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I agree Jon,

    All operators need to listen !!!




----- Original Message -----
From: "Jon Ogden" <na9d@mindspring.com>
To: "Butterfield" <Fiagoy@email.msn.com>; <nh6vb@juno.com>
Cc: <k6yk@juno.com>; <tiptond@psi.com>; <denmorr@bellsouth.net>;
<molou@big-river.net>; <amsat-bb@amsat.org>
Sent: Tuesday, August 15, 2000 12:24 AM
Subject: Re: [amsat-bb] SUCESS!

> on 8/14/00 11:06 PM, Butterfield at Fiagoy@email.msn.com wrote:
> > I think the main thing to remember is that you don't need a lot of power
> > on the uplink to hit the bird and get through.   I think there is a
> > today in that instead of timing our transmissions and getting in that
> > many operators are putting more power to the bird which just slams
> > else especially those working QRP with an HT.   I have personally worked
> > stations from Hawaii to the Bahamas and from Alaska to southern Mexico
> > just an HT and 5 watts or less.
> > If someone wants to have a preamp on their downlink that's fine -- go
> > for it --  but PLEASE keep your transmitter power down so you don't
> > on the many of us working the birds with less power.
> I disagree.  If I run 2 Watts to my 40 elements on 432, I'll get in better
> than someone running 10 Watts to an omni.  Power is not necessarily the
> thing that matters.  That's what I mean about simplistic thinking on the
> birds.  I am not meaning to insult you hear, but it is simplistic to say
> that people running too much power is why the FM birds are QRMed.  If
> operate PROPERLY, then who cares how much power you have!
> When operating satellites, it isn't just a matter of power.  I live in the
> mid-west.  Say I want to talk on a bird when it's on a pass off the coast
> California.  For me, that could be a very low angle pass.  It could be
> difficult to hit.  So I point my beams and crank up my power in order to
> through trees, obstructions, etc.  But let's say you live in California.
> For you, it might be a nearly overhead pass.  You are MUCH closer to the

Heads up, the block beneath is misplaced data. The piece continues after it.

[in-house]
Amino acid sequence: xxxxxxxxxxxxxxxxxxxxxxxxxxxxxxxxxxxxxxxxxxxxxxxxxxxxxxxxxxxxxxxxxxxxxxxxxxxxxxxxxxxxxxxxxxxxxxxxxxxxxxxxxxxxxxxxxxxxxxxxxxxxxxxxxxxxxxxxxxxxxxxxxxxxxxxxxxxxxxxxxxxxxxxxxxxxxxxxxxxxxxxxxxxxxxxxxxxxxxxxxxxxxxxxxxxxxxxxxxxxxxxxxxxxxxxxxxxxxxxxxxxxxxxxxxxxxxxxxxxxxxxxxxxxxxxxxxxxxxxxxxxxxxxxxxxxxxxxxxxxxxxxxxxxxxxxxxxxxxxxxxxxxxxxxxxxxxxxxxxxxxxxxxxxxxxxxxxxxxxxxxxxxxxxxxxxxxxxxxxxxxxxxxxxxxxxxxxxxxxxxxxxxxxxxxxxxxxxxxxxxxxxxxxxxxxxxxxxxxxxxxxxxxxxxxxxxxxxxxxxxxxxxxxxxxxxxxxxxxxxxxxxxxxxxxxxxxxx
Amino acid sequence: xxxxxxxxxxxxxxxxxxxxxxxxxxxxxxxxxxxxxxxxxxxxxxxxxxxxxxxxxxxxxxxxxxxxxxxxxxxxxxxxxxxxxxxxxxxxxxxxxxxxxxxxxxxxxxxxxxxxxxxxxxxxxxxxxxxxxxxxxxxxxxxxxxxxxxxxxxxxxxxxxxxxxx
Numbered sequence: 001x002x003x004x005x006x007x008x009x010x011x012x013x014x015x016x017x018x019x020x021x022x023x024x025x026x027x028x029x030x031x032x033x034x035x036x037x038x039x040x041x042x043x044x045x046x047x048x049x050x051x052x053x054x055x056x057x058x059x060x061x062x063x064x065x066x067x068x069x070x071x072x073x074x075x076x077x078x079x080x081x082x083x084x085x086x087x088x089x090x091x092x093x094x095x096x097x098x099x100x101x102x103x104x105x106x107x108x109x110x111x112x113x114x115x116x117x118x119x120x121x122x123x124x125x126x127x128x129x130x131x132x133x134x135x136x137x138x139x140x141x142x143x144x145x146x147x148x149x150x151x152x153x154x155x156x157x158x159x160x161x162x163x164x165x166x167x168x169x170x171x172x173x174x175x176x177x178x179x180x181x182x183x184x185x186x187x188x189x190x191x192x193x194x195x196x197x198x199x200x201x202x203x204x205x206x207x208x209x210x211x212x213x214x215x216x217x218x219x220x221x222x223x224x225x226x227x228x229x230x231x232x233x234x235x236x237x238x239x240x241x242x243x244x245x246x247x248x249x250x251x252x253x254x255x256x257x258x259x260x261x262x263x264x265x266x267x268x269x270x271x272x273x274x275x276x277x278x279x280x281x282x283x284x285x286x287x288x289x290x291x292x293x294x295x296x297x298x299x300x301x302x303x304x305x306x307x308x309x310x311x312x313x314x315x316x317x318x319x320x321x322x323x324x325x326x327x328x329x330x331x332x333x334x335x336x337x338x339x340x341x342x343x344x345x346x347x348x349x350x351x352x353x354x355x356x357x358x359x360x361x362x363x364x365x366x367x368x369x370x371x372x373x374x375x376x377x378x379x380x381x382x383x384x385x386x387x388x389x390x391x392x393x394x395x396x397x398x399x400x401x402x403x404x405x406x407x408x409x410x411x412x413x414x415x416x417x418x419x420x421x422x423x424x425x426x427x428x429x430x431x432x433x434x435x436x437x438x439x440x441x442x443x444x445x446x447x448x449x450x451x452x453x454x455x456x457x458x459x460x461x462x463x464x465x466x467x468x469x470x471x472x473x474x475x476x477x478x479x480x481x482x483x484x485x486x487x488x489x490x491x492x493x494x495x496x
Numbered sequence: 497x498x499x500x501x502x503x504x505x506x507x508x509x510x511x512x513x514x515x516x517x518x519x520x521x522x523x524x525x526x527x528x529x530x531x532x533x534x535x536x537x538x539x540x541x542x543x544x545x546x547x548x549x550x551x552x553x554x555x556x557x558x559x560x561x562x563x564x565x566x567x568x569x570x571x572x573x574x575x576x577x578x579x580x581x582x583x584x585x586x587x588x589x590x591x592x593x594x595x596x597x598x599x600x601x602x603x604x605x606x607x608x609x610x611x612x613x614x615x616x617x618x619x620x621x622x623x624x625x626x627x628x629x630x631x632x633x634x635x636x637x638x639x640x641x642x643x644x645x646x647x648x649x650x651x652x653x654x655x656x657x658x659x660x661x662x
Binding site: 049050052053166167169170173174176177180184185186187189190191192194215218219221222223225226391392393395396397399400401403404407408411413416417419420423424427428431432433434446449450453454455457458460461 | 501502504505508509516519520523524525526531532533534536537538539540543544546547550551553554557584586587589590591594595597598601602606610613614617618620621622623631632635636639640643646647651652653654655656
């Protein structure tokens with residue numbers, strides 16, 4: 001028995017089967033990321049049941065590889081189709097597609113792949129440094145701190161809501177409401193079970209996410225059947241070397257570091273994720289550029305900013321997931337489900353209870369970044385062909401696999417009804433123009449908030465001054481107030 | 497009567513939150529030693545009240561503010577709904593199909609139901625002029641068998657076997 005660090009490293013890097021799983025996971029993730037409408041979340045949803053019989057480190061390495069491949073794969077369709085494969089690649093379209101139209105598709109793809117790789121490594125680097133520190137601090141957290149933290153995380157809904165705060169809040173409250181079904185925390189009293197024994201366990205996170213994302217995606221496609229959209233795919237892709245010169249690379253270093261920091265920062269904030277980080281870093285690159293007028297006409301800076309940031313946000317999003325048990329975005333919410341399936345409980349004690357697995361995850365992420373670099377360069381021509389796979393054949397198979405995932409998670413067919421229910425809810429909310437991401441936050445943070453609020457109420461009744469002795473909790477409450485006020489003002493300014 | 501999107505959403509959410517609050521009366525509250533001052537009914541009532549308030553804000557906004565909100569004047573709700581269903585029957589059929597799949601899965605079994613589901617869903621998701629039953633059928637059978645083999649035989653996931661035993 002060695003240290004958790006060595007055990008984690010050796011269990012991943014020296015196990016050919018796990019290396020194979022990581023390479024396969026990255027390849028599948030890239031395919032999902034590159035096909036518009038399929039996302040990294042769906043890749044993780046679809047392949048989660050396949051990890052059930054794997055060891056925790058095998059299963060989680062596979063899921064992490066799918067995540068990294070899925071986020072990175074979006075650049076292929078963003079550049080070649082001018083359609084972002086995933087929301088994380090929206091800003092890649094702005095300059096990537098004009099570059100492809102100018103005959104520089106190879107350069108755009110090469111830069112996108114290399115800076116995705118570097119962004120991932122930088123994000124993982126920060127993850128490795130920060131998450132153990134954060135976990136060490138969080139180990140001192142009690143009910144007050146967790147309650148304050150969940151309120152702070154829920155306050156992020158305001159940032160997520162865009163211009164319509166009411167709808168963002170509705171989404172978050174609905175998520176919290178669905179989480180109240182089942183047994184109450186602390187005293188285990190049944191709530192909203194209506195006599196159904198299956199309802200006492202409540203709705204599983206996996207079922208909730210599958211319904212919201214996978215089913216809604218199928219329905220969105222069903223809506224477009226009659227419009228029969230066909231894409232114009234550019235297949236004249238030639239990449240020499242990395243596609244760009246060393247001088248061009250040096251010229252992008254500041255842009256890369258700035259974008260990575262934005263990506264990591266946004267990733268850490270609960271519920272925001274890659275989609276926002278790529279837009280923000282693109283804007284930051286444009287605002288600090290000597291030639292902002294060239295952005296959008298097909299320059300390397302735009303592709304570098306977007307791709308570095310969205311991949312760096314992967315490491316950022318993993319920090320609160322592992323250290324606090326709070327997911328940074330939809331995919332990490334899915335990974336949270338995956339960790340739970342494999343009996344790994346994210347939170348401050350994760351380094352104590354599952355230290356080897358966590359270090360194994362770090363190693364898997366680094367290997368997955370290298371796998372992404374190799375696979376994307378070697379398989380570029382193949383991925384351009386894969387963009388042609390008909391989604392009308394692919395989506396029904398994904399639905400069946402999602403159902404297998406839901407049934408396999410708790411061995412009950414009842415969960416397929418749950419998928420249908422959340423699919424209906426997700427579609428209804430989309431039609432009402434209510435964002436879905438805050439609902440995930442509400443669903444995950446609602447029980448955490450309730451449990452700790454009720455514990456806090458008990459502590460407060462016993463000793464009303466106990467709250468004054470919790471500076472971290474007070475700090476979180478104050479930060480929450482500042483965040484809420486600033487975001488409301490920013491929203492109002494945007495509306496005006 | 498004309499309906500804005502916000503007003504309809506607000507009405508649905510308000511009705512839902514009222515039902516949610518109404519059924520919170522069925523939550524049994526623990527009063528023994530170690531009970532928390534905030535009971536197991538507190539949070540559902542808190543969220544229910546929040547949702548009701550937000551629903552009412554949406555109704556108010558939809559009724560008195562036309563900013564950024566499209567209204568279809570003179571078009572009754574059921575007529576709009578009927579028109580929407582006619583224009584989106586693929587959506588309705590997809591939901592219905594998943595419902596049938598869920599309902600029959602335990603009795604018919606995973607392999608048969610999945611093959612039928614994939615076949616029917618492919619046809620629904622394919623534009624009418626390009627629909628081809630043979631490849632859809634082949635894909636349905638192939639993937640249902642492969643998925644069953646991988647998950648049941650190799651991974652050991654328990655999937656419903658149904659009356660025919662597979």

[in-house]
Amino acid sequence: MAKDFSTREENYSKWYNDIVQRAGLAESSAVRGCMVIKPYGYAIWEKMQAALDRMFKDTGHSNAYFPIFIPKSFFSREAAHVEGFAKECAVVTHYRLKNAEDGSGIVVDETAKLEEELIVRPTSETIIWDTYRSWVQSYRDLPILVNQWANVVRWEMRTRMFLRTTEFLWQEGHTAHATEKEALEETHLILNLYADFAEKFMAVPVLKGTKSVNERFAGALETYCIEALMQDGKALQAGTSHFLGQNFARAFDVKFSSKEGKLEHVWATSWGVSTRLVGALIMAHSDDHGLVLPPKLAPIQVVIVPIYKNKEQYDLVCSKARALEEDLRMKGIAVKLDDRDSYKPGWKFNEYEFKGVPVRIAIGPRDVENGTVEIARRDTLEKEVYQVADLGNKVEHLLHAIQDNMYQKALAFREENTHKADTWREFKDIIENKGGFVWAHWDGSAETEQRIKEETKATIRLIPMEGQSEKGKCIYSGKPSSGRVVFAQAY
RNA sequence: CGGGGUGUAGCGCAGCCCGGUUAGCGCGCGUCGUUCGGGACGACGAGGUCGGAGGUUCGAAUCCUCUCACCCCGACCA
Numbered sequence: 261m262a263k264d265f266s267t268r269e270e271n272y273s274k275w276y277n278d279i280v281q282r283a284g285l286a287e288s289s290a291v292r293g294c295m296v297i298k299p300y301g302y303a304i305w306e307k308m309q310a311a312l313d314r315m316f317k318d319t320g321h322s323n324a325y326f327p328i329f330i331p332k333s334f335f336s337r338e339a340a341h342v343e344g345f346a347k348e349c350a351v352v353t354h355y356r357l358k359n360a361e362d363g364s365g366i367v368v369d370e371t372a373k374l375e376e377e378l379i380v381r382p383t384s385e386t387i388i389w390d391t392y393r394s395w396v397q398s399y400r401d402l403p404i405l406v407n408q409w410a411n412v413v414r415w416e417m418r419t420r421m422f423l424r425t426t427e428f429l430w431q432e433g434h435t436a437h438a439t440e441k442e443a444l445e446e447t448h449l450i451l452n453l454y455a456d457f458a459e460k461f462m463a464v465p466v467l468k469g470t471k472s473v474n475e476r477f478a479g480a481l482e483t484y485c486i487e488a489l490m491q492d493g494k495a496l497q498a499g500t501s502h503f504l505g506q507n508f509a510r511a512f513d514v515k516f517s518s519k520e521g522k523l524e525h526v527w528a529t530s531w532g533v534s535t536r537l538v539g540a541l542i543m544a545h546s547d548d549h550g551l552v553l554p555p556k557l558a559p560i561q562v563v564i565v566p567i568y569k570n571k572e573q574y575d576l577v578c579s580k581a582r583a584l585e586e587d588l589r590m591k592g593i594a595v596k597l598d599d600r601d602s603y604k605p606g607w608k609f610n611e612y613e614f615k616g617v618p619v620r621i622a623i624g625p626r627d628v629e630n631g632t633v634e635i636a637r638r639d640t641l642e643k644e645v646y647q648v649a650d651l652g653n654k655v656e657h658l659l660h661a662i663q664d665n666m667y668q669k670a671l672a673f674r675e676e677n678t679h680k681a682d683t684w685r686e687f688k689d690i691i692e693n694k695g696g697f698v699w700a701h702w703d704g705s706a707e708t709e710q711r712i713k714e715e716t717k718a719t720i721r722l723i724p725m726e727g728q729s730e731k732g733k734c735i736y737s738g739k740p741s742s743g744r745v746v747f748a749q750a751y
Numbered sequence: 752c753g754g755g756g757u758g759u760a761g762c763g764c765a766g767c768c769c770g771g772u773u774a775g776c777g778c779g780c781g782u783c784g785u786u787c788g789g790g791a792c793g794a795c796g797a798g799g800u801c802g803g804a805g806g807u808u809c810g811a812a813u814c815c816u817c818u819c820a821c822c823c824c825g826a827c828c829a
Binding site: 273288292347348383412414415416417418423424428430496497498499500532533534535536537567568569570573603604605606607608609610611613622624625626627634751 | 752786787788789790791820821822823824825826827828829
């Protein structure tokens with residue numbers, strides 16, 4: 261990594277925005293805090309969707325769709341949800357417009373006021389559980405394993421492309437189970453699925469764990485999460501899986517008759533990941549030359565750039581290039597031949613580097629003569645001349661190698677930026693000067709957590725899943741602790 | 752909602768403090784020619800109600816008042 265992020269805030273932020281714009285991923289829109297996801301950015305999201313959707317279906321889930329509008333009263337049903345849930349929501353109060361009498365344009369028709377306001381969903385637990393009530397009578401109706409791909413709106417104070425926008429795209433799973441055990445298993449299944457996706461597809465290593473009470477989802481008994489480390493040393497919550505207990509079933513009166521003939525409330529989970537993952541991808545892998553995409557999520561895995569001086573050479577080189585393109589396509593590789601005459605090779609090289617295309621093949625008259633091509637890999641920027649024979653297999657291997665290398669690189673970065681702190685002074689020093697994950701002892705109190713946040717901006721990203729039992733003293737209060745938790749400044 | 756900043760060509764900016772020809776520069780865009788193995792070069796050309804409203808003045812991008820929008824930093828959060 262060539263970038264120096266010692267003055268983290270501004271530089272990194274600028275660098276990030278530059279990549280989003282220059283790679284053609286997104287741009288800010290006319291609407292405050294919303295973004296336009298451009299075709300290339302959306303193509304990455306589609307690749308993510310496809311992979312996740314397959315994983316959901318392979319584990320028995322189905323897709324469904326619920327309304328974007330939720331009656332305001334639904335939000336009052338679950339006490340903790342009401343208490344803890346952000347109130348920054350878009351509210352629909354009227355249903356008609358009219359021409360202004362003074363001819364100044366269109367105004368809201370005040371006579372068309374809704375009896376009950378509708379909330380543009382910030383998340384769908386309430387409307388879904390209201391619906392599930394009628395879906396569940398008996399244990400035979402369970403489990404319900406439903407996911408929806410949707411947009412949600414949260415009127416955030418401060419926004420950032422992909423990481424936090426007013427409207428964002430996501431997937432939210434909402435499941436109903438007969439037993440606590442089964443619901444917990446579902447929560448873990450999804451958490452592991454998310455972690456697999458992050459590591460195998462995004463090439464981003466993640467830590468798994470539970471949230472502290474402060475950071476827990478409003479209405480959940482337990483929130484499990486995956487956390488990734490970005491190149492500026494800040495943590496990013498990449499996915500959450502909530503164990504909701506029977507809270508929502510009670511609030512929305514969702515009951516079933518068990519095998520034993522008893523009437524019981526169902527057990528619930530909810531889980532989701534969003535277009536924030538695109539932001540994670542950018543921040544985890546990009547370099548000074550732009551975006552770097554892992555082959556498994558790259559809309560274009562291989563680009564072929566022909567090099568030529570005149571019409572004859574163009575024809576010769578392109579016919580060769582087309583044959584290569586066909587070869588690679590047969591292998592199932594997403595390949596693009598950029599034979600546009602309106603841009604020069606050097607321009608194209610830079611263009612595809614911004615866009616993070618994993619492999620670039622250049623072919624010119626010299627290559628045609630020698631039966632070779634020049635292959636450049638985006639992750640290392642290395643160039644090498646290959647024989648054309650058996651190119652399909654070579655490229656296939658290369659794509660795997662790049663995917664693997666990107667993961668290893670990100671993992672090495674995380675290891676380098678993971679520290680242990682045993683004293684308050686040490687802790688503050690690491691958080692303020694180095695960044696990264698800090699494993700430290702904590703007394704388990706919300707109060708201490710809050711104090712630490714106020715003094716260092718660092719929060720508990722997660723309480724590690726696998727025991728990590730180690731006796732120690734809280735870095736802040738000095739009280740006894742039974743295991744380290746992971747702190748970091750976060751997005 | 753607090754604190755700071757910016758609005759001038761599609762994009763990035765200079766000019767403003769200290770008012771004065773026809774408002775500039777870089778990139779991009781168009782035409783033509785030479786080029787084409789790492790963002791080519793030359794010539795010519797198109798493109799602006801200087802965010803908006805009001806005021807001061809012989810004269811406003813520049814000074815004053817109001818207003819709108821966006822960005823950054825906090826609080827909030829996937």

> bird than I am.  You signal from your HT on a couple of Watts will
> get through better than my 50 Watts.  You'll capture the bird before me.
> If we consider the distance between you and me to be 2000 miles and the
> distance between you and the bird when it is overhead is 400 miles, than
> can compute a rough estimate of the distance from me to the bird.  I say
> rough because I am going to assume a linear system here.  In real life,
> a spherical system.  The distance from me to the bird is the hypotenuse of
> right triangle in my "linear" system.  Therefore from the Pathagorean
> theorem:  a^2 + b^2 = c^2, the distance from me to the bird is: 2039
> I have over 5 times the distance between the bird and myself than you do.
> The far field of an RF signal falls with a rate inversely proportional to
> the radius from you (1/R).  If you and I transmit with the same power, my
> signal at the bird will be much, much less than yours.  And if I run more
> power, it still might be less.
> So folks, get off the fact that people that run more power automatically
> into the FM birds.  IT JUST ISN'T TRUE!  This is simplistic terrestrial
> thinking drilled into us from too much operation on the local repeater.
> That fact that you have worked stations all over with just 5 Watts or less
> and an HT PROVES that your point is invalid.  You were able to capture the
> bird and make a QSO.  If your point was valid, you would never had made
> those QSOs as all the guys running high power would have blocked you out.
> The fact is that if people LISTEN more and don't just call and call and
> call, the birds will go smoother.  It really matters not what power who is
> running.  If the bird hears you, it hears you.  Your skill in operating is
> what sets you apart from the rest.  If everyone listened (including the
> power folks), the QRP people would get into the bird just fine.  So
> listen, listen, listen and listen again.
> The good Lord gave you two ears and one mouth.  Use them in that
> 73,
> Jon
> NA9D
> -------------------------------------
> Jon Ogden
> NA9D (ex: KE9NA)
> http://www.qsl.net/ke9na
> "A life lived in fear is a life half lived."

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